Home: Thursday, February 22, 1:30 pm and 7:30 pm
Cinema Café Kemps River, $12
The mission of the Virginia Festival of Jewish Film, presented by Alma & Howard Laderberg, is to educate and engage diverse Tidewater communities, Jewish and non-Jewish alike, by presenting world-class films, repertory cinema, and associated programs that are inspired by Jewish or Israeli history, heritage, and values.
As such, the festival strives to offer broad portrayals of Jewish life, from modern secular Israeli cinema to films portraying religious traditions and characters to documentaries that are simply of Jewish interest with no specifically “Jewish” content.
One of this year’s films, Home, portrays a young Orthodox Jewish man in a Jerusalem neighborhood and his dream of opening a computer store. Based on a true story, the film tells the story of the at-times violent pushback against the store owner from the Orthodox establishment in the neighborhood.
The Virginia Festival of Jewish Film Screening Committee asked Rabbi Shlomo Eisenberg, rabbi at B’nai Israel Congregation, to view the film and share his thoughts. His message below has been edited for length and clarity.
As an Orthodox Jew in 2024, I am deeply concerned when social media, Hollywood, or any other form of influence portrays Jews, especially Orthodox Jews, negatively. As an Orthodox rabbi, I believe we have a mission to be a light upon the nations and to be a positive force in the world with our behavior and character. When a film projects ultra-orthodox Jews negatively, it has a tremendous impact on people’s perception of Jews. This can cause additional antisemitism or just a negative attitude towards us. What bothers me tremendously about the movie, Home, is the negative connotation of Chasidim and Orthodox Jews. Although it may be based on a true story, the viewer now thinks this is the way that Orthodox Jews roll. That Jews are money-hungry and that we will fight and harm anyone who disagrees with us. However, there is nothing further from the truth. Although there are definitely exceptions, Jews are overwhelmingly generous, kind, and peaceful. Additionally, granted that there are sometimes religious disagreements, they are almost always handled in a respectful way, and, Heaven forbid, with violence. For anyone who wants to experience an authentic Jewish Shabbat with some of the nicest and most generous people you will meet, I extend an open invitation to come to B’nai Israel for Shabbat.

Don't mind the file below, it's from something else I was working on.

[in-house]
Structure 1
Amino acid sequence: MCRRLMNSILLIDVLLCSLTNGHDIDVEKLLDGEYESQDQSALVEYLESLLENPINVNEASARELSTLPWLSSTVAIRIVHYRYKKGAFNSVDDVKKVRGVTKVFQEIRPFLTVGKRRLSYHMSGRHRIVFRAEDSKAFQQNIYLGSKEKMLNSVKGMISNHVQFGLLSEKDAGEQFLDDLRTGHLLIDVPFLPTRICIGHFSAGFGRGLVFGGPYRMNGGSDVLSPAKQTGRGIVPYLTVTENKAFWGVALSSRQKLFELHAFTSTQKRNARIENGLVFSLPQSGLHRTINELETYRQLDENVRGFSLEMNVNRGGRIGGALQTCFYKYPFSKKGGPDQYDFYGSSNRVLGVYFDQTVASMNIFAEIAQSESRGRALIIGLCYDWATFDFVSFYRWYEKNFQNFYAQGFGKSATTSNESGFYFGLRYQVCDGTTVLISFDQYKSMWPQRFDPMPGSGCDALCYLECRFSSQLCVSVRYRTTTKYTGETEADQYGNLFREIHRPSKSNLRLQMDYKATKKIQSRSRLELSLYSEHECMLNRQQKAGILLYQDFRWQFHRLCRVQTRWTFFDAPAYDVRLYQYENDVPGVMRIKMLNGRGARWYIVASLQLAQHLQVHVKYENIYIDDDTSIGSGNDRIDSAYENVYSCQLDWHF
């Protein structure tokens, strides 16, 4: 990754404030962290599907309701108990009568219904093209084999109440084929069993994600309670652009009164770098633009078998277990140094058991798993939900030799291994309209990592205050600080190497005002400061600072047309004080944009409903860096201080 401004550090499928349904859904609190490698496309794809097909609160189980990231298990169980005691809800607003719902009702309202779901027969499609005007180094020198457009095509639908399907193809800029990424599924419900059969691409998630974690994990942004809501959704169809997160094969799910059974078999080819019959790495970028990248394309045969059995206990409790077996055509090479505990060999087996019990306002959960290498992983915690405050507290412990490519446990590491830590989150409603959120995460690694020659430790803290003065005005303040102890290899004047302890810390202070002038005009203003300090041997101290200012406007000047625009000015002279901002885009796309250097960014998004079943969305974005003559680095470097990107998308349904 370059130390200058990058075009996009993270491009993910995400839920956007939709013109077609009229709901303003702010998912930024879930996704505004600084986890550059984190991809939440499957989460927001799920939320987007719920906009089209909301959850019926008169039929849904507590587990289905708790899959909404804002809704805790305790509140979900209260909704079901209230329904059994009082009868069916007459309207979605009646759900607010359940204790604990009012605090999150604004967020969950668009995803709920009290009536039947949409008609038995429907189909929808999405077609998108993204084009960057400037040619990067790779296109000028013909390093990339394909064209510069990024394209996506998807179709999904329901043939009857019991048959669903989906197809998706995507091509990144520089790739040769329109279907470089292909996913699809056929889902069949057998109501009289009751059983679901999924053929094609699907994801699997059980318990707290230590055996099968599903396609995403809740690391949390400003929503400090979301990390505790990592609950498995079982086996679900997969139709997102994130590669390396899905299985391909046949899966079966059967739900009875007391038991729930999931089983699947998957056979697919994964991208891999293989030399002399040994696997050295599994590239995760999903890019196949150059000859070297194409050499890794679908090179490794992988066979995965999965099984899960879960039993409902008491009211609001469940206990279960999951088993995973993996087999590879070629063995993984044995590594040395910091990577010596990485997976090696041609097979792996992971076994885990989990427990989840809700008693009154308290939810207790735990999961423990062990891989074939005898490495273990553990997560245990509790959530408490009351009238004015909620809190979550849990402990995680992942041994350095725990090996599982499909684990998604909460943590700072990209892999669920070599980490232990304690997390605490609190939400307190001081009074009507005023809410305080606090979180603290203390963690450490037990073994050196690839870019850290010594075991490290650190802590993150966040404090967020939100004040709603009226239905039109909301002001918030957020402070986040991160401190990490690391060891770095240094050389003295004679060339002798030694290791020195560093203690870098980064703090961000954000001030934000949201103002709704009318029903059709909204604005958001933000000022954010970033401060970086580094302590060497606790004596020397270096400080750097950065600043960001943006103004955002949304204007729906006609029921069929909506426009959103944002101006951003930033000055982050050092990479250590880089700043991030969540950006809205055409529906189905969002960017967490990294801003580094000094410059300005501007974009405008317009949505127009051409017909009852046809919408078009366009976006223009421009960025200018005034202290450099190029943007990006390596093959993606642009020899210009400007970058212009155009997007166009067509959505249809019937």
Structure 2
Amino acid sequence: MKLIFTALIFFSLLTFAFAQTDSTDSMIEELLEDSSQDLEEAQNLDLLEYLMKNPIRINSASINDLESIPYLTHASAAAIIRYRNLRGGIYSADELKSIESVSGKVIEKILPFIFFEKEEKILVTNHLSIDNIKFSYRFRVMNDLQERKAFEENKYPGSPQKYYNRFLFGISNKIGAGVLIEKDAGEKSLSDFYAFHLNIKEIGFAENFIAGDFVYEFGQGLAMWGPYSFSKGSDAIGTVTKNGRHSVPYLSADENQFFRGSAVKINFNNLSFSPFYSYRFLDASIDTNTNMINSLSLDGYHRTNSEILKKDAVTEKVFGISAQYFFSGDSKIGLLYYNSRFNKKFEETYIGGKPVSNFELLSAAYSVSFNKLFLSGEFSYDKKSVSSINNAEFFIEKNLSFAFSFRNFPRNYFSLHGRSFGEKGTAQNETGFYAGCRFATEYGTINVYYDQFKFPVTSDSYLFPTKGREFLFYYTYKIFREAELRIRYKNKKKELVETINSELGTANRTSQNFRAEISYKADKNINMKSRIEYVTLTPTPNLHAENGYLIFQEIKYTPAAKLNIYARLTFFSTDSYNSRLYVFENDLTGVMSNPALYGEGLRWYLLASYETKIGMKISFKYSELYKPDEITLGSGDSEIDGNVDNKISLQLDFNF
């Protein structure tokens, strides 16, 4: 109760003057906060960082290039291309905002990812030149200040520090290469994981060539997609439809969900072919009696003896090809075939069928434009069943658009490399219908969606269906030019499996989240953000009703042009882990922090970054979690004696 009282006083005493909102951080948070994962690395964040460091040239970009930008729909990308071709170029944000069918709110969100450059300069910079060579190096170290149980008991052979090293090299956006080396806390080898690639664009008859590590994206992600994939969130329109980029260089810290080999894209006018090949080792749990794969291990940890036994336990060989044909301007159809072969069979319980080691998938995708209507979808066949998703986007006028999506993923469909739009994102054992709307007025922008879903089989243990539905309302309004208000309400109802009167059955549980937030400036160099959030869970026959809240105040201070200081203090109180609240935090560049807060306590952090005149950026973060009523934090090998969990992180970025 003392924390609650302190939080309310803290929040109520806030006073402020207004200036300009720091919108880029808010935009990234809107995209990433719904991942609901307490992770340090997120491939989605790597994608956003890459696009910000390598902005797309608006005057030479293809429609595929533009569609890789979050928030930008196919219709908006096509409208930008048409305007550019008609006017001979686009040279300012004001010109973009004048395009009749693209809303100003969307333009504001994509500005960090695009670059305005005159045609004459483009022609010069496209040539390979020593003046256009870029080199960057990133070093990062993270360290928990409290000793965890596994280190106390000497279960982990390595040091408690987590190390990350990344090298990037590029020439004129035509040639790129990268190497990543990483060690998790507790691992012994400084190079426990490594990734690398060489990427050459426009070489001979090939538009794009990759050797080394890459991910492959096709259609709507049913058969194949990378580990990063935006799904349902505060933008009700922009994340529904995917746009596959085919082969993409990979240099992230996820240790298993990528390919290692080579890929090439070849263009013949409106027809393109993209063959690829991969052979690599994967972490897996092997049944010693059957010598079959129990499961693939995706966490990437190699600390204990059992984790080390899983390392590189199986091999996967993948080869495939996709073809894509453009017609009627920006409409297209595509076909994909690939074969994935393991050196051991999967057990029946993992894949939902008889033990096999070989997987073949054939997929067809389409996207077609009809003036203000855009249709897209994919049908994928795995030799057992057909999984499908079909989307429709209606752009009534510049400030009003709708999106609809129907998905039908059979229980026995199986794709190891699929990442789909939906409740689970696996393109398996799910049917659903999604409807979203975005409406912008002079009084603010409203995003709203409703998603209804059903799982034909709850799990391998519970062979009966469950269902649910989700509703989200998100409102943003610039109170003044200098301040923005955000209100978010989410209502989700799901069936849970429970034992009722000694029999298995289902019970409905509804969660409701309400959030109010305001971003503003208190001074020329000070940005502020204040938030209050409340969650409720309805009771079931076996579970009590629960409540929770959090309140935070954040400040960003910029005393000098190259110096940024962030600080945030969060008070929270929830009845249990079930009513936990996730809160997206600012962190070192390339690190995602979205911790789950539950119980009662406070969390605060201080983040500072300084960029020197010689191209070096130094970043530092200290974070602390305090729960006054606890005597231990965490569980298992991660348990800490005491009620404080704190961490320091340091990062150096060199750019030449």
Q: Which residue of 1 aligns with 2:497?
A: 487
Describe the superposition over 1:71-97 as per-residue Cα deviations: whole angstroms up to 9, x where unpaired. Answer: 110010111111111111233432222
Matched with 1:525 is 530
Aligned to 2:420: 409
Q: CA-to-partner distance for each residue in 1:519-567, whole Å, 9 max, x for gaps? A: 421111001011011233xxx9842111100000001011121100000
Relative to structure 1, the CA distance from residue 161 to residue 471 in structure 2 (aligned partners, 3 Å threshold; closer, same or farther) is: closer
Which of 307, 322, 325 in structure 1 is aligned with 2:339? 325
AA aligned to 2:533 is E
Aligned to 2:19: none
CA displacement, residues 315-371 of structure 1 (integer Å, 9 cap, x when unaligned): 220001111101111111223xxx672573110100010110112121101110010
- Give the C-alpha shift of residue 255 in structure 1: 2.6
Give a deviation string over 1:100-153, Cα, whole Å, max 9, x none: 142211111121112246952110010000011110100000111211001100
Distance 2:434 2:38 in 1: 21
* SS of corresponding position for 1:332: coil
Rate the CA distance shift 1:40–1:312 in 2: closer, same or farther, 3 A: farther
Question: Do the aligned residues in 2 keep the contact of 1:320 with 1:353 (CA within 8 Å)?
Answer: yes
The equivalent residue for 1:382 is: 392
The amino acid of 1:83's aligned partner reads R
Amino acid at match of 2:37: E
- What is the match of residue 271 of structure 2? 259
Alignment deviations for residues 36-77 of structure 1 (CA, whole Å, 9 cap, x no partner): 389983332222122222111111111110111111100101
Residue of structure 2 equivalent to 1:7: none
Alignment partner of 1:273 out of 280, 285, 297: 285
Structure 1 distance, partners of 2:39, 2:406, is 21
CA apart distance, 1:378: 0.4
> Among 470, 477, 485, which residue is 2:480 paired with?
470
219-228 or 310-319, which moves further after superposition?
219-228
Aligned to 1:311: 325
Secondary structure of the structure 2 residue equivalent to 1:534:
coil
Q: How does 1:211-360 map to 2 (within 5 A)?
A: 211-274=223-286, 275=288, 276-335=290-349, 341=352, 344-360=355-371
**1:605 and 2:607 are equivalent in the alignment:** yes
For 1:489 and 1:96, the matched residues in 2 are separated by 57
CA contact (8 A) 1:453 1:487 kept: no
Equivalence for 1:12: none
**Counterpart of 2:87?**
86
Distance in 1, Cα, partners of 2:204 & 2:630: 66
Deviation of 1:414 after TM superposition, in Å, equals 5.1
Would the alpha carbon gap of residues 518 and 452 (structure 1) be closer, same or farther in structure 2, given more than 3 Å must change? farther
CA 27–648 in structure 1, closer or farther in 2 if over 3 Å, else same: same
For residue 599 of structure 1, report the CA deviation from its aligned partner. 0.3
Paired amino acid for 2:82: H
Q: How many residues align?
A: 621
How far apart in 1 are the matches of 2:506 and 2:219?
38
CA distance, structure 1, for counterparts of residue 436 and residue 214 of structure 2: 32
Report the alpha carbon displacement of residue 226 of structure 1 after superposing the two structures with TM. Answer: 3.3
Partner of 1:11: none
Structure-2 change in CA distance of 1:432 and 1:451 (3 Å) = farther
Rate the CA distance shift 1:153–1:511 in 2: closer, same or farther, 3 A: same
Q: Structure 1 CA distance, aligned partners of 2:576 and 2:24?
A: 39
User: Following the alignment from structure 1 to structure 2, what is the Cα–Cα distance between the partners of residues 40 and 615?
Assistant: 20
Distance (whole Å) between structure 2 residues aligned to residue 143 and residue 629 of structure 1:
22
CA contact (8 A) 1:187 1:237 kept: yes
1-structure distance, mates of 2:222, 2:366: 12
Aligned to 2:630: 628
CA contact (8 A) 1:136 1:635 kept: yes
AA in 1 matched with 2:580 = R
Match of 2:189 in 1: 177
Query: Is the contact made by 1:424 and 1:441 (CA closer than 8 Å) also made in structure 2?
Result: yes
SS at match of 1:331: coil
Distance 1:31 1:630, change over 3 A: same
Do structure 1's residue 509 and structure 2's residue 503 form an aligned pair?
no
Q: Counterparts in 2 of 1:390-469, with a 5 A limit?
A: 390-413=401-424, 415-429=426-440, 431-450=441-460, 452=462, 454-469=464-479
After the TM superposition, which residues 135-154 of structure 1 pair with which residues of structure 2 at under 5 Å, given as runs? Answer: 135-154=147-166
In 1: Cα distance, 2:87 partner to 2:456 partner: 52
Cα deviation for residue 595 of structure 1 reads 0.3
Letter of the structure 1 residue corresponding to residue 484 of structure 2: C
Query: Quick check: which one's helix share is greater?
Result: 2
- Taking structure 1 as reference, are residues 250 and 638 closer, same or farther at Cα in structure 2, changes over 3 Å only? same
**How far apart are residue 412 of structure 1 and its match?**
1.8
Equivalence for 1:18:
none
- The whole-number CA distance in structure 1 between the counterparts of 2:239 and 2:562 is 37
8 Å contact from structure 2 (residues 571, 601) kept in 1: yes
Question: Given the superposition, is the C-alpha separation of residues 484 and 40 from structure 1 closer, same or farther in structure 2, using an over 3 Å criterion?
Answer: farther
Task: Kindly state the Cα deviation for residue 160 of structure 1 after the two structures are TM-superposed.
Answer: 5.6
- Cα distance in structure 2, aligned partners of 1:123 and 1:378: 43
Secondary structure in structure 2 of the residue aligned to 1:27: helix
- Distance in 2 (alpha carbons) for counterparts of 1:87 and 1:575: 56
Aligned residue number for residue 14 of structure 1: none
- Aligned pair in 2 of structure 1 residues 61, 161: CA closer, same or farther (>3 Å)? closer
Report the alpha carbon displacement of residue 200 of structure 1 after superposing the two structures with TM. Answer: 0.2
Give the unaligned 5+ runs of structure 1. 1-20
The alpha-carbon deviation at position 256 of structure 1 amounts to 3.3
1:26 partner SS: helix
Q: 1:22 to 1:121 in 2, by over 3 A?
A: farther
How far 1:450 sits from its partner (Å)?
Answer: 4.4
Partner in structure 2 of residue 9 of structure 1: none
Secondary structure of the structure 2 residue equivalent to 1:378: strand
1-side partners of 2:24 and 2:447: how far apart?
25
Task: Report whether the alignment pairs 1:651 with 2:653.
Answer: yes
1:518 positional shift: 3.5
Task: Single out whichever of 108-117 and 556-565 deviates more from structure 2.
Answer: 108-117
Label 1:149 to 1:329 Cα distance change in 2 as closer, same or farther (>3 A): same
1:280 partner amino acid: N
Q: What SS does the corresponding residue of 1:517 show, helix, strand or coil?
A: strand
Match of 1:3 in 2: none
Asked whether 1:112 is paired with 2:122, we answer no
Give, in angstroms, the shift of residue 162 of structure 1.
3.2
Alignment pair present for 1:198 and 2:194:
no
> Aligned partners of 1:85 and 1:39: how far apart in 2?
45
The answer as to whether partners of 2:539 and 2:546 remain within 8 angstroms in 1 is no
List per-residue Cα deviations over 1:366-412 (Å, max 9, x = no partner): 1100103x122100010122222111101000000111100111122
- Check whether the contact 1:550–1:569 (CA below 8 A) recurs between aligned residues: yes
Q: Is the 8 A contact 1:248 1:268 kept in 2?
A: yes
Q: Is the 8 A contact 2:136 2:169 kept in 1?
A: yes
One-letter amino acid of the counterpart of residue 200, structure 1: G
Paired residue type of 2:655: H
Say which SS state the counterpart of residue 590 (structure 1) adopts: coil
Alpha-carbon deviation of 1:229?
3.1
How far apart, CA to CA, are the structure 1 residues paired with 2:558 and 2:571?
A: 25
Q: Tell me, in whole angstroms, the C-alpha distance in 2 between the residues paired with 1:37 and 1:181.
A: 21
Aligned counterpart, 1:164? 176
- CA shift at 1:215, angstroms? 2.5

Like all films, Home is art, and art is subjective. A film should challenge one’s preconceived notions, and the Festival Screening Committee hopes that community members will view all of the festival’s offerings with an open mind and within the context of one man’s story.
Tickets can be purchased at JewishVA.org/FilmFest.
Rabbi Shlomo Eisenberg of B’nai Israel Congregation in Norfolk, may be reached at Rabbi@BnaiIsrael.org or by calling 757-627-7358.
Hunter Thomas is director of Arts + Ideas at the United Jewish Federation of Tidewater. He may be reached at HThomas@UJFT.org or 757-965-6137.
The Virginia Festival of Jewish Film is presented by the Alma & Howard Laderberg Restricted Fund of the Tidewater Jewish Foundation and funded in part by the citizens of Virginia Beach through a grant from the City of Virginia Beach Arts and Humanities Commission.